• Home needs: You'll need a baby monitor, changing table and diaper pail. Think about getting a portable swing, bouncy seat, or play mat to keep baby busy.

  • Baby item swap groups: You can buy items used or get them through swap groups you'll find online. Start with Facebook or https://www.mom365.com.

  • Diapering: The average baby uses more than 280 disposable diapers each month. The average monthly cost of Huggies®, for example, runs about $80+. If you prefer cloth diapers, a diaper service like Pannolino or Dy-Dee Diaper Service (based on 320-360 diapers per month) could cost $88+/mo. or more. This depends on whether you add diaper covers and other accessories. Buying and washing cotton diapers yourself could run roughly $48+ per month, according to mintlife.

  • Clothing: The average cost for baby clothes is $60/month in the first year. This changes according to location. Many families can make do with with less than half that amount.

  • Nursing/Feeding:

    • A mommy who can stay at home and breastfeed will have low costs for months. In that case, some items like a breastfeeding pillow and burp cloths will be enough.

    • If you breastfeed and plan to store breast milk, then you'll need bottles, a breast pump and cleaning equipment. This can bump up your budget from nearly nothing to approximately $200 - $400.

    • If you choose formula feeding instead, then it will add somewhere between $900 and $3,000. This depends on the type of formula used in the first year. Add $60/month after starting your baby on solids.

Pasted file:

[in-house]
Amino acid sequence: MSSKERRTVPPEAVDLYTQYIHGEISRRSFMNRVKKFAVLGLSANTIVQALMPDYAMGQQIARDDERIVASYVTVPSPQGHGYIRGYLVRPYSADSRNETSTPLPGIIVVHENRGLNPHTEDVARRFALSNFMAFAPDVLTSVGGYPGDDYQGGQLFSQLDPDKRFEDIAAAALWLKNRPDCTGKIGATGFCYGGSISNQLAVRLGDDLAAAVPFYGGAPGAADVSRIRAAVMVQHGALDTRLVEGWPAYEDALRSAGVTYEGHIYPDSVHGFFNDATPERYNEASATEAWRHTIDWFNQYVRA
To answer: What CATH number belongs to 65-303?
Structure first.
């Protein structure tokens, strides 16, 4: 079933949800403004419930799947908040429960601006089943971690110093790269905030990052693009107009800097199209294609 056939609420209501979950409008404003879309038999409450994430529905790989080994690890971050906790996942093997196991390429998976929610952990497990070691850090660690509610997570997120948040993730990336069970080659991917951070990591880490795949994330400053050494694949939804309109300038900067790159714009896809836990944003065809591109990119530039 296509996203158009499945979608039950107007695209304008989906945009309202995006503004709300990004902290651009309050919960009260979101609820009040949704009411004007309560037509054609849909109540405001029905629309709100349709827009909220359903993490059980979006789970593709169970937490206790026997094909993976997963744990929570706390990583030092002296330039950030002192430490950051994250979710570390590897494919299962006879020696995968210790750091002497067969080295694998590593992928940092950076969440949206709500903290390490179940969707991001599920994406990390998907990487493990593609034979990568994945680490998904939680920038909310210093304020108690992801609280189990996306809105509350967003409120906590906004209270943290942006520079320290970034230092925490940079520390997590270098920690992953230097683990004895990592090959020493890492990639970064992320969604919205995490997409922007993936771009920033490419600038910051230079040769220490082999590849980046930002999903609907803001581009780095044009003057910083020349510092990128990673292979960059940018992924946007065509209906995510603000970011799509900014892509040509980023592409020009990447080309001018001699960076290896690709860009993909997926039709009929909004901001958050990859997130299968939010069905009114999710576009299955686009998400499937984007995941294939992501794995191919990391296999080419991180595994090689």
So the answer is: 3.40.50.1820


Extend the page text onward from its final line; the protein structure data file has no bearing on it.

• The Pediatrician: Be ready for 3 to 4 "well visits" (about $95+ per visit, according to the American Academy of Pediatrics). These may be covered by your health insurance, however.

  • Birthing place/Medical center & more: Recent studies show that the cost of a routine delivery varies across the nation. On average, it is roughly $6,075 with a copay of about $1,200. This depends on the region and place where you give birth... and whether you have a doctor vs. midwife, whether you hire a doula, and more. Call your insurance company to find out co-pays and out-of-pocket expenses.

Ongoing Expenses

Once your baby arrives, the regular expenses to care for your little one kick in. Factor these into your budget:

  • Child Care: If both you and your spouse work after baby's arrival, your largest budget item will be child care. These costs vary by where you live, the age of your child, how much care is needed and what type of care you use. Research shows (from Economic Policy Institute and the Care Index) that average costs were just below $10,000 per year in 2016.

  • The cost of a nanny or other in-home care is around $28,000 a year, but again that can be higher or lower based on location and so on.

Don't let these and other costs catch you off-guard. By taking steps to prepare, you'll have a clearer view of how to carry on with ease after your baby arrives!